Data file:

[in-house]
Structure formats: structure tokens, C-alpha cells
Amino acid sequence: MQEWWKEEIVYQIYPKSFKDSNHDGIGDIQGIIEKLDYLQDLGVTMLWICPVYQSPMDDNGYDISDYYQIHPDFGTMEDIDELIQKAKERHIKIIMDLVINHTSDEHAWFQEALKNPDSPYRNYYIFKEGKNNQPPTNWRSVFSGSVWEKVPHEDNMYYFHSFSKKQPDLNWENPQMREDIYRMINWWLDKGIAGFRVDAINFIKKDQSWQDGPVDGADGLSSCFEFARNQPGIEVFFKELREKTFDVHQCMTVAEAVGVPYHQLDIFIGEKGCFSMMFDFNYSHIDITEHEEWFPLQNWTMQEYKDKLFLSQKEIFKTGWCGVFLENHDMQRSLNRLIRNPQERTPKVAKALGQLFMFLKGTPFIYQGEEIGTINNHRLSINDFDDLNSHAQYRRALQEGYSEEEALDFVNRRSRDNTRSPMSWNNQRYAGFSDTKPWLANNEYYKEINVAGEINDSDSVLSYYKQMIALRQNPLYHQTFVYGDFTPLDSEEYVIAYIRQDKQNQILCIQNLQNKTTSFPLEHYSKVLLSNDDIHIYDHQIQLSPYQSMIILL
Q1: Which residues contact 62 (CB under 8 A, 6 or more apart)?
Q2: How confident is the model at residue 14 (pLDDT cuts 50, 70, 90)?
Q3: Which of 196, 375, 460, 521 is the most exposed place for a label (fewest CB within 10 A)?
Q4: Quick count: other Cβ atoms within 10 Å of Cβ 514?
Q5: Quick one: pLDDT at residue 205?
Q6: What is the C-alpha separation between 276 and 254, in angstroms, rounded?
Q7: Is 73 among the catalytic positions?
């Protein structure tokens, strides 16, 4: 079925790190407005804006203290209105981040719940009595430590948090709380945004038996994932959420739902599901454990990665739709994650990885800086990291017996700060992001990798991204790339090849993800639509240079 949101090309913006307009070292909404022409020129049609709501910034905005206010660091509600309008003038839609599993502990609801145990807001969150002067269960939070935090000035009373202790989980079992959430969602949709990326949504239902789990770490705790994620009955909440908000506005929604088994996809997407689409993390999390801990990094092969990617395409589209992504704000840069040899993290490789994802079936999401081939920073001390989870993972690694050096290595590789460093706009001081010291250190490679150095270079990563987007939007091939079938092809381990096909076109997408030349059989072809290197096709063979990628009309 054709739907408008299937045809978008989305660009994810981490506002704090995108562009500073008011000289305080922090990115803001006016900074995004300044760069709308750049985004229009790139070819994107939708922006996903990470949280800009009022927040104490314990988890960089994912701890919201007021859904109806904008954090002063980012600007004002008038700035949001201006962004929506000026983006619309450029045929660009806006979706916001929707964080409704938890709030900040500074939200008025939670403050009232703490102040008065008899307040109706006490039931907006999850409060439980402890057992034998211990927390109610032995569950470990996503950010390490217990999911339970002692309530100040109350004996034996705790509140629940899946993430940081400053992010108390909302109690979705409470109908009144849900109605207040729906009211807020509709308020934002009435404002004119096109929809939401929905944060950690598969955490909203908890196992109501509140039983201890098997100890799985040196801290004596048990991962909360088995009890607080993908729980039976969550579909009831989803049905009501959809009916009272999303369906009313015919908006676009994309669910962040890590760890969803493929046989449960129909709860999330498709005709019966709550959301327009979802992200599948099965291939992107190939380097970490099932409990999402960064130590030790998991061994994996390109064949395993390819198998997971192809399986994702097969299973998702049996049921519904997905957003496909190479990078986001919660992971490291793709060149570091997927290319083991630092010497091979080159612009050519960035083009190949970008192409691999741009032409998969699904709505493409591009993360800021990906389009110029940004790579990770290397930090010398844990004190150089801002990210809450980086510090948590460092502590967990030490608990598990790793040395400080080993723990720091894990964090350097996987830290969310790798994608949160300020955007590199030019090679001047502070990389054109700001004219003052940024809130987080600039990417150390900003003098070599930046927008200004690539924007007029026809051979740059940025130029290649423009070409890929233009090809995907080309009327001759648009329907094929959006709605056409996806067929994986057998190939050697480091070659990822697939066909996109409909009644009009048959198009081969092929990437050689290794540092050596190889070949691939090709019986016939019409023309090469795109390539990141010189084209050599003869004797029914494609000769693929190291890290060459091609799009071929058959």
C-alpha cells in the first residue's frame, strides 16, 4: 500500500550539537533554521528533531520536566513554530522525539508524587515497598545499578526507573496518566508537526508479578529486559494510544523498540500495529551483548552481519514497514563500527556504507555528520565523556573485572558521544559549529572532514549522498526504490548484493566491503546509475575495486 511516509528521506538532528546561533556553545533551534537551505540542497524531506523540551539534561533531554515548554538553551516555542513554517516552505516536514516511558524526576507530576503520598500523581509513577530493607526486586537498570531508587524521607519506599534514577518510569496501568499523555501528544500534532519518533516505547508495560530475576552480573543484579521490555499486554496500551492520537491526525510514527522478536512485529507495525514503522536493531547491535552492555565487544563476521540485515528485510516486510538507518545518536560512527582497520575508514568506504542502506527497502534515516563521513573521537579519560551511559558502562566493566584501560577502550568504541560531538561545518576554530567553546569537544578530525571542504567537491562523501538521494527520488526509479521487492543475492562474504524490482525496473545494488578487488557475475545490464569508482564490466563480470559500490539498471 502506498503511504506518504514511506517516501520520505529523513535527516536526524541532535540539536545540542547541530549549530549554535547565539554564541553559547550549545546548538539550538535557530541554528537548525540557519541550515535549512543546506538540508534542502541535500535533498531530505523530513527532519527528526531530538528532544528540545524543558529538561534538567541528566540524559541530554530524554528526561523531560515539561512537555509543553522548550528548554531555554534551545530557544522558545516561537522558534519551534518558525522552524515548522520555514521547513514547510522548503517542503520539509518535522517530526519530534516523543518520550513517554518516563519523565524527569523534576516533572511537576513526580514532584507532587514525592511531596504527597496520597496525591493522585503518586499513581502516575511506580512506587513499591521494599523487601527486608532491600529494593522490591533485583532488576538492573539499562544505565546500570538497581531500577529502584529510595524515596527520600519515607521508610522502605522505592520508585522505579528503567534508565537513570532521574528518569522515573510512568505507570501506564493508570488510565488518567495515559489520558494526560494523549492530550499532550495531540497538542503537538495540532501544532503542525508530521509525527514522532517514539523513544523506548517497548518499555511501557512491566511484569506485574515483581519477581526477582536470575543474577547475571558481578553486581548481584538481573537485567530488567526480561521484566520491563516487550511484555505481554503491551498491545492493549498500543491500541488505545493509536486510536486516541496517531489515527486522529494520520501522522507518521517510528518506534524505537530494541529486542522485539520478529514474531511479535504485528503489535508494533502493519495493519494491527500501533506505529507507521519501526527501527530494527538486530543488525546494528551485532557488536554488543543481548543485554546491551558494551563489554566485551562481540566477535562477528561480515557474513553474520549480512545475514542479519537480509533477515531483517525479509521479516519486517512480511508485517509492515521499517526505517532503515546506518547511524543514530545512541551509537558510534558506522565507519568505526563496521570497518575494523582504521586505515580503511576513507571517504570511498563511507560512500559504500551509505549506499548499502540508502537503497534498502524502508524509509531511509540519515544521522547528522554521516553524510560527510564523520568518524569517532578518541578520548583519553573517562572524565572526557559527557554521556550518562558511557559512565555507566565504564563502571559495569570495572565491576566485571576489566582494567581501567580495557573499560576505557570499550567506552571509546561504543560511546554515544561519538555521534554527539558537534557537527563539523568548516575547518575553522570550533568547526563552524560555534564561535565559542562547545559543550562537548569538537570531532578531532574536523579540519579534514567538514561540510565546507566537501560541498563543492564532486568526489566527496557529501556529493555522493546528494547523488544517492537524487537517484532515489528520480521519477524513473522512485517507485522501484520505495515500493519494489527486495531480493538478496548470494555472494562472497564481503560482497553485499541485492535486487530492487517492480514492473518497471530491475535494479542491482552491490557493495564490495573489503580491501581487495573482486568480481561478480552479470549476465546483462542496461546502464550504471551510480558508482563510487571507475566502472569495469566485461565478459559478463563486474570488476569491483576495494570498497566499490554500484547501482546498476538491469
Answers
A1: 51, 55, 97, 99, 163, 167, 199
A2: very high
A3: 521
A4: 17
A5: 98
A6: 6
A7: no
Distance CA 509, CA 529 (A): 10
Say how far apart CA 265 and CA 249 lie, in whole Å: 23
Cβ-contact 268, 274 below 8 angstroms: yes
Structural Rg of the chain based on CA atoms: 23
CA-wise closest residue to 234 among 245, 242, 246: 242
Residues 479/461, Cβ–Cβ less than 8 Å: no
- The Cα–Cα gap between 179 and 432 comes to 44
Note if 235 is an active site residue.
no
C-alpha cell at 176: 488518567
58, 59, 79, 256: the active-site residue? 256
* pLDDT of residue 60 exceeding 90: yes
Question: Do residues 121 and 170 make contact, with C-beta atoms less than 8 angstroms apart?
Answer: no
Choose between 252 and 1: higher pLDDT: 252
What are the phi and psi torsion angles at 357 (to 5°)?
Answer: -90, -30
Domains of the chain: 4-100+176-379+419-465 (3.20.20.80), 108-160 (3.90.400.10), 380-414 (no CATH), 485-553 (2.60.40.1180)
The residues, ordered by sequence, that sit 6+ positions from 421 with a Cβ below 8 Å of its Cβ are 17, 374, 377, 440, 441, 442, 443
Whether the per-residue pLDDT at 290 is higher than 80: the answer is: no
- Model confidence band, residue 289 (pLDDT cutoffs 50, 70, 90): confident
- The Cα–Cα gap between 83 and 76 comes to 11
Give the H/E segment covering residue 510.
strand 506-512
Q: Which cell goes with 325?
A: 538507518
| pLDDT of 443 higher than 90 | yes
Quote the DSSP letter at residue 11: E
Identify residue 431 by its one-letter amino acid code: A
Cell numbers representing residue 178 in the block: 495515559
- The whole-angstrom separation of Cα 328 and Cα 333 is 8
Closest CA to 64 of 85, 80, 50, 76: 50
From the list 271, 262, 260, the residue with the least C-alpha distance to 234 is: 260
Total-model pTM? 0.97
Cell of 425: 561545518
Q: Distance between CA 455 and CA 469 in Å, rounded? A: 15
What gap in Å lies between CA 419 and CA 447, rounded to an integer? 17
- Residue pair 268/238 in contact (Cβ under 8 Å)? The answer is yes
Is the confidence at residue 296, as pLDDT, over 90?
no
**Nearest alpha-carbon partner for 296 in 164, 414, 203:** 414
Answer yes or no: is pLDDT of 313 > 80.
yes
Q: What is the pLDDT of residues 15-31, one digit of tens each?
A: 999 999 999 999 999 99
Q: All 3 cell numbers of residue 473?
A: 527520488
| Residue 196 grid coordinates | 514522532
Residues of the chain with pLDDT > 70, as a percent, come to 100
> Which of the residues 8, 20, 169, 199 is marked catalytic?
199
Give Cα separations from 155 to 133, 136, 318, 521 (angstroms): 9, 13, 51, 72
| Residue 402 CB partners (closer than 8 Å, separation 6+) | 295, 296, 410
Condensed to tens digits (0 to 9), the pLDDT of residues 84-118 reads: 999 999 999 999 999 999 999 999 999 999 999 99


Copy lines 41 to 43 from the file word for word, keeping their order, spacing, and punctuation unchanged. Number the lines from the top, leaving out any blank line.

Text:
- Model confidence band, residue 289 (pLDDT cutoffs 50, 70, 90): confident
- The Cα–Cα gap between 83 and 76 comes to 11
Give the H/E segment covering residue 510.